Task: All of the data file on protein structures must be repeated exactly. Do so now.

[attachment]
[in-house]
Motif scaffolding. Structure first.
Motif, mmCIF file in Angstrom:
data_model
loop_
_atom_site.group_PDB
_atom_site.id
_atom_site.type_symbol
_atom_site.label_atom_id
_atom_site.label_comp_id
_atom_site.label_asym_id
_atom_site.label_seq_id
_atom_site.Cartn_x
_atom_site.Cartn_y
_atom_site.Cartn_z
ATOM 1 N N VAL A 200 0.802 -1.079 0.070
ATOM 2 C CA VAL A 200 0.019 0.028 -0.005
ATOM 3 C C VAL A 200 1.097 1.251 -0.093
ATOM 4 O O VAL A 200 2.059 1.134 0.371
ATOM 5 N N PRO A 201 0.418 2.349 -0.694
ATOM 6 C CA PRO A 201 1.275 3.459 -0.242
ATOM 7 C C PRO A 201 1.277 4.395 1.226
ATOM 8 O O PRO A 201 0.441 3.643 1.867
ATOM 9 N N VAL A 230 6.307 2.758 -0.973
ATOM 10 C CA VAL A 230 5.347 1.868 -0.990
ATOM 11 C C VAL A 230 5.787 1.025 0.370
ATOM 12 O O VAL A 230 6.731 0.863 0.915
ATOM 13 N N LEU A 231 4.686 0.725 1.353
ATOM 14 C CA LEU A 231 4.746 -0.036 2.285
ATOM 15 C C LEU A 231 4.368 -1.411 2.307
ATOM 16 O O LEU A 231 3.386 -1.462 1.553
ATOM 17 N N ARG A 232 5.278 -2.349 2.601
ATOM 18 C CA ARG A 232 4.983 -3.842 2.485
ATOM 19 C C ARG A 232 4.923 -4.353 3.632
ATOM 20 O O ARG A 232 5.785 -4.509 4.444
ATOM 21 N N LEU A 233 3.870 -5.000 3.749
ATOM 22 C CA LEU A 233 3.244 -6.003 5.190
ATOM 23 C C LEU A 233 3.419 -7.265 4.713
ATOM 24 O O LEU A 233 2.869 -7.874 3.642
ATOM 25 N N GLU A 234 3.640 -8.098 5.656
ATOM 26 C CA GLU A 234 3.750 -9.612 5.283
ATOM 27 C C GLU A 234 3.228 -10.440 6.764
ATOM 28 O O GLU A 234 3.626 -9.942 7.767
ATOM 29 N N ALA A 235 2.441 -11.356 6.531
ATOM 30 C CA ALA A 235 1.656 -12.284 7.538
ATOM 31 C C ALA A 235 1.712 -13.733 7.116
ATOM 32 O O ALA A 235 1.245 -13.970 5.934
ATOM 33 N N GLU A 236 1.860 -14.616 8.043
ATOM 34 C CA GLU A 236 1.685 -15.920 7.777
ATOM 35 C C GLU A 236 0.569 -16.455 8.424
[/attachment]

[in-house]
Motif scaffolding. Structure first.
Motif, mmCIF file in Angstrom:
data_model
loop_
_atom_site.group_PDB
_atom_site.id
_atom_site.type_symbol
_atom_site.label_atom_id
_atom_site.label_comp_id
_atom_site.label_asym_id
_atom_site.label_seq_id
_atom_site.Cartn_x
_atom_site.Cartn_y
_atom_site.Cartn_z
ATOM 1 N N VAL A 200 0.802 -1.079 0.070
ATOM 2 C CA VAL A 200 0.019 0.028 -0.005
ATOM 3 C C VAL A 200 1.097 1.251 -0.093
ATOM 4 O O VAL A 200 2.059 1.134 0.371
ATOM 5 N N PRO A 201 0.418 2.349 -0.694
ATOM 6 C CA PRO A 201 1.275 3.459 -0.242
ATOM 7 C C PRO A 201 1.277 4.395 1.226
ATOM 8 O O PRO A 201 0.441 3.643 1.867
ATOM 9 N N VAL A 230 6.307 2.758 -0.973
ATOM 10 C CA VAL A 230 5.347 1.868 -0.990
ATOM 11 C C VAL A 230 5.787 1.025 0.370
ATOM 12 O O VAL A 230 6.731 0.863 0.915
ATOM 13 N N LEU A 231 4.686 0.725 1.353
ATOM 14 C CA LEU A 231 4.746 -0.036 2.285
ATOM 15 C C LEU A 231 4.368 -1.411 2.307
ATOM 16 O O LEU A 231 3.386 -1.462 1.553
ATOM 17 N N ARG A 232 5.278 -2.349 2.601
ATOM 18 C CA ARG A 232 4.983 -3.842 2.485
ATOM 19 C C ARG A 232 4.923 -4.353 3.632
ATOM 20 O O ARG A 232 5.785 -4.509 4.444
ATOM 21 N N LEU A 233 3.870 -5.000 3.749
ATOM 22 C CA LEU A 233 3.244 -6.003 5.190
ATOM 23 C C LEU A 233 3.419 -7.265 4.713
ATOM 24 O O LEU A 233 2.869 -7.874 3.642
ATOM 25 N N GLU A 234 3.640 -8.098 5.656
ATOM 26 C CA GLU A 234 3.750 -9.612 5.283
ATOM 27 C C GLU A 234 3.228 -10.440 6.764
ATOM 28 O O GLU A 234 3.626 -9.942 7.767
ATOM 29 N N ALA A 235 2.441 -11.356 6.531
ATOM 30 C CA ALA A 235 1.656 -12.284 7.538
ATOM 31 C C ALA A 235 1.712 -13.733 7.116
ATOM 32 O O ALA A 235 1.245 -13.970 5.934
ATOM 33 N N GLU A 236 1.860 -14.616 8.043
ATOM 34 C CA GLU A 236 1.685 -15.920 7.777
ATOM 35 C C GLU A 236 0.569 -16.455 8.424